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Poe’s Mother Guest Blog 1 (topic: Poe’s Mother)
THE CULT OF POE
What if a family believed in the works of Edgar Allan Poe the way others believe in the Bible?
I began my third novel, POE’S MOTHER, sometime around 1997 at The Writers’ Room of Boston. Like most budding novelists, I had expected my first and second novels to be on the New York Times’ best-sellers list by the time I started my third. I was sadly mistaken. I knew nothing about this business.
Yet, after four solid years of writing and no success to speak of, I began what was my most personal and intimate novel to date. Poe’s Mother came from the spark of an idea – it captured me and wouldn’t let me go until I had hammered out a first draft of about 62,000 words in six months. I then revised and revised and revised yet again; I submitted the novel to an online workshop, in addition to my monthly critique group. I changed the tense, the voice, the punctuation, always looking for perfection. After eight years of working on it – on and off – I finally put it aside to join novels one and two in the cardboard boxes that contained my hard copies and notes. Along the way I had gathered lots of positive feedback, even from recent agent and editor submissions, but the novel never found a home.
When I looked back recently on the journey this novel had taken, I suddenly realized that finding a publisher for Poe’s Mother would be much like looking for gold in the Everglades. I had taken the cult of Poe and wrenched it to an extreme, pushing past boundaries to the realm of taboo. What traditional publisher would touch it? It could have been the most exquisitely beautiful novel in the world; yet, how to market it? I could see editors and marketing people, sitting in their cramped New York offices, scratching their heads. Horror? Suspense? A psychological thriller? A coming of age story? Actually, it’s all of these.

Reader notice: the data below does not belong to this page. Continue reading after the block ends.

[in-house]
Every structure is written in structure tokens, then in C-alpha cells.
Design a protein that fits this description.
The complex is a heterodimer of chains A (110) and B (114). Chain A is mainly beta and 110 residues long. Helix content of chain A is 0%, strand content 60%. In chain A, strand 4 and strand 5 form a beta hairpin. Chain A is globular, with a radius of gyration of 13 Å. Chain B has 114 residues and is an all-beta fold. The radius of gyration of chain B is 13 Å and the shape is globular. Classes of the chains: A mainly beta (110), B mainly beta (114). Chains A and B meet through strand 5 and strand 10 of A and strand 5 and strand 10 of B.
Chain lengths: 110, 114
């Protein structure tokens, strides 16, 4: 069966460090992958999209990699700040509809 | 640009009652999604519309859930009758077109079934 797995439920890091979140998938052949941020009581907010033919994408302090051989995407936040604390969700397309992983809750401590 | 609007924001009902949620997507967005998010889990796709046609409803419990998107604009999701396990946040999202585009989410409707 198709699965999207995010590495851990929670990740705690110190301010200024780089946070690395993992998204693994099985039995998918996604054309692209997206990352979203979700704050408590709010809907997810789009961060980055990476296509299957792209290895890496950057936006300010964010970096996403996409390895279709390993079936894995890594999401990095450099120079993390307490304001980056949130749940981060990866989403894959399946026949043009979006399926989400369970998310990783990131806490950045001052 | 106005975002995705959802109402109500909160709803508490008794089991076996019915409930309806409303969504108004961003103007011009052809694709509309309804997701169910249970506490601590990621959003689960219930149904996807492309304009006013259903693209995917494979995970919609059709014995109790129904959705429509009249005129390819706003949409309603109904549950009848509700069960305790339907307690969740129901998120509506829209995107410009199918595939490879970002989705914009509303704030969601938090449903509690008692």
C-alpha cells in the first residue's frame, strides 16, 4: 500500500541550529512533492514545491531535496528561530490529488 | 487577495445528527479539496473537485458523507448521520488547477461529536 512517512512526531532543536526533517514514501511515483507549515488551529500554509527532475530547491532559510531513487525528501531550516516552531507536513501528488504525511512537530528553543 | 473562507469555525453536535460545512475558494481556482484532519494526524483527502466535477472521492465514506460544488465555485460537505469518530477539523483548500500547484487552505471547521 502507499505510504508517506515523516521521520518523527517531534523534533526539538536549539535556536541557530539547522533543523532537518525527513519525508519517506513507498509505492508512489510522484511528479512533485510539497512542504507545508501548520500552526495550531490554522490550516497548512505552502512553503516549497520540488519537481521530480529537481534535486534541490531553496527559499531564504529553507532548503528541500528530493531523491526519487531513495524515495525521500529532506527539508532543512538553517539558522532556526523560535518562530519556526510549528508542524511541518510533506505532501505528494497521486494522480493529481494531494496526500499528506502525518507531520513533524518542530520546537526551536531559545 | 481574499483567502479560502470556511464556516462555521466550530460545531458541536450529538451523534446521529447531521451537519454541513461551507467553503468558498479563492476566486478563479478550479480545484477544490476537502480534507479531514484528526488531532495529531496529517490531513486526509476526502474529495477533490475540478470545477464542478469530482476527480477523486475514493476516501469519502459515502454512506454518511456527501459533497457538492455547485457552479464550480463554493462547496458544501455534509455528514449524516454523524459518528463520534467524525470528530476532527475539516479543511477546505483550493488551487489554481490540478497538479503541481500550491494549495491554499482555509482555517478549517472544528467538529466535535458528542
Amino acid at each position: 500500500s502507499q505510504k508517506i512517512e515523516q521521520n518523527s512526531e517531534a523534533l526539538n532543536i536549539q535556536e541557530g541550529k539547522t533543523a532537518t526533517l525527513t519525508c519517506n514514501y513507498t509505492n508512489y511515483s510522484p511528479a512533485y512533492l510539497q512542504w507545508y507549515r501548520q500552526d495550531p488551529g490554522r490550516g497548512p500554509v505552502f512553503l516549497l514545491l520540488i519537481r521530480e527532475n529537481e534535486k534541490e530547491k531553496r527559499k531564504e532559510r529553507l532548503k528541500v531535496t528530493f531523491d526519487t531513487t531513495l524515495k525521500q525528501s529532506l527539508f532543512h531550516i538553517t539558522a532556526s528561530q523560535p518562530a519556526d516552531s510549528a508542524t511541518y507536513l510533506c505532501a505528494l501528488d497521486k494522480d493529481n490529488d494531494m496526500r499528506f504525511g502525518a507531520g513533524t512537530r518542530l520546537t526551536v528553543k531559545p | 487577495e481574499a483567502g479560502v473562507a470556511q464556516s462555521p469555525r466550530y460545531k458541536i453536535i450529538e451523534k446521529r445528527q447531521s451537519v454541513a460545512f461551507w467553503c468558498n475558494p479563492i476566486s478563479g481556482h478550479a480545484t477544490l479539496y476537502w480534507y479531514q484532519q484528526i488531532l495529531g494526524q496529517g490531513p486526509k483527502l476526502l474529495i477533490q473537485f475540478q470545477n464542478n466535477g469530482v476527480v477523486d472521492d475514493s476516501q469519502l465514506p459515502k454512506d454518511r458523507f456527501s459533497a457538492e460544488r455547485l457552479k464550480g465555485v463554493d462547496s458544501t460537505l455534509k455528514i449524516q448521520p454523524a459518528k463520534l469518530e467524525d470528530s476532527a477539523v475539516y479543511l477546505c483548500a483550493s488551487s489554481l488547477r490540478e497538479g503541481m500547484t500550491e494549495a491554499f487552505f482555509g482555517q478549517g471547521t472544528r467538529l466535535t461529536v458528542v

The idea for the novel came to me when I remembered an incident that had occurred long ago in my hometown in southeastern Kansas. When I was 10 years old, I had purchased, through the Scholastic Book Club at school, a copy of Ten Great Mysteries by Edgar Allan Poe. I loved horror when I was a kid, so this book was up my alley. Of course, like many children, I was unaware of Poe’s mastery of language and story. I bought Wuthering Heights for the same reason – thinking I would enjoy a good ghost story – only to give up and go back to it years later. (It’s now one of my favorite books.) Poe and his ilk are not the Hardy Boys.
Finding Poe a bit of a slow go, I asked my mother to read me some of the stories. The Black Cat. A Descent into the Maelstrom. I recall the afternoon vividly. The sun was slashing through the fiberglass curtains that were popular at the time; it was a summer’s afternoon. The day was broiling hot. My poor mother was forced to read Poe to me. I’m sure she would have rather been doing other things. But it was that sharp image in my memory that led to the novel.
The cult of Poe. What if some people believed in the works of Edgar Allan Poe the way others believe in the Bible? I asked myself that question, and, thus, the novel grew. The book has two narrators: Sissy Baxter, a 15-year-old, living in Nodoline with her 17-year-old brother, Riven; and Madeline Poe – the matriarch of a very dysfunctional family who takes the writings of Poe seriously. Very seriously. It is a novel about small towns, isolation, wanting to escape, death, addiction, about the power of sex and words. It is a cautionary tale about what can go wrong when ideology moves us toward absolute power. If you love Poe and the themes he brought forth in his work, I believe you’ll appreciate Poe’s Mother.
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Author Michaeil Meeske
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